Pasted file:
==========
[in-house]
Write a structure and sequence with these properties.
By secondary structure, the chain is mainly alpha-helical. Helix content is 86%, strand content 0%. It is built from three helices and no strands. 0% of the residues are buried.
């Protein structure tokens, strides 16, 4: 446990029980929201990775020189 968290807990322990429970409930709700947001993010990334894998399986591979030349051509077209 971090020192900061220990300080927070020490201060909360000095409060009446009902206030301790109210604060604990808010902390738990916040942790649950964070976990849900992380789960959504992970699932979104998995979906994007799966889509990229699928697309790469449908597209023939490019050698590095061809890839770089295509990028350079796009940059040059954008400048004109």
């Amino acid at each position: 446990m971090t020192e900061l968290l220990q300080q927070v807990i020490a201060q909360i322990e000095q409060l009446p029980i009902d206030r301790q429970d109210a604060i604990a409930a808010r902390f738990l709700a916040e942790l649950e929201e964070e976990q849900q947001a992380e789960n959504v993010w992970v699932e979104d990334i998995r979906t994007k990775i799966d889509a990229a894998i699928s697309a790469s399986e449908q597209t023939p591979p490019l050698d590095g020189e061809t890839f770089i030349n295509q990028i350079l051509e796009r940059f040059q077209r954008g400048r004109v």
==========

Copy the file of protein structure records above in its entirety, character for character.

[in-house]
Write a structure and sequence with these properties.
By secondary structure, the chain is mainly alpha-helical. Helix content is 86%, strand content 0%. It is built from three helices and no strands. 0% of the residues are buried.
């Protein structure tokens, strides 16, 4: 446990029980929201990775020189 968290807990322990429970409930709700947001993010990334894998399986591979030349051509077209 971090020192900061220990300080927070020490201060909360000095409060009446009902206030301790109210604060604990808010902390738990916040942790649950964070976990849900992380789960959504992970699932979104998995979906994007799966889509990229699928697309790469449908597209023939490019050698590095061809890839770089295509990028350079796009940059040059954008400048004109």
């Amino acid at each position: 446990m971090t020192e900061l968290l220990q300080q927070v807990i020490a201060q909360i322990e000095q409060l009446p029980i009902d206030r301790q429970d109210a604060i604990a409930a808010r902390f738990l709700a916040e942790l649950e929201e964070e976990q849900q947001a992380e789960n959504v993010w992970v699932e979104d990334i998995r979906t994007k990775i799966d889509a990229a894998i699928s697309a790469s399986e449908q597209t023939p591979p490019l050698d590095g020189e061809t890839f770089i030349n295509q990028i350079l051509e796009r940059f040059q077209r954008g400048r004109v």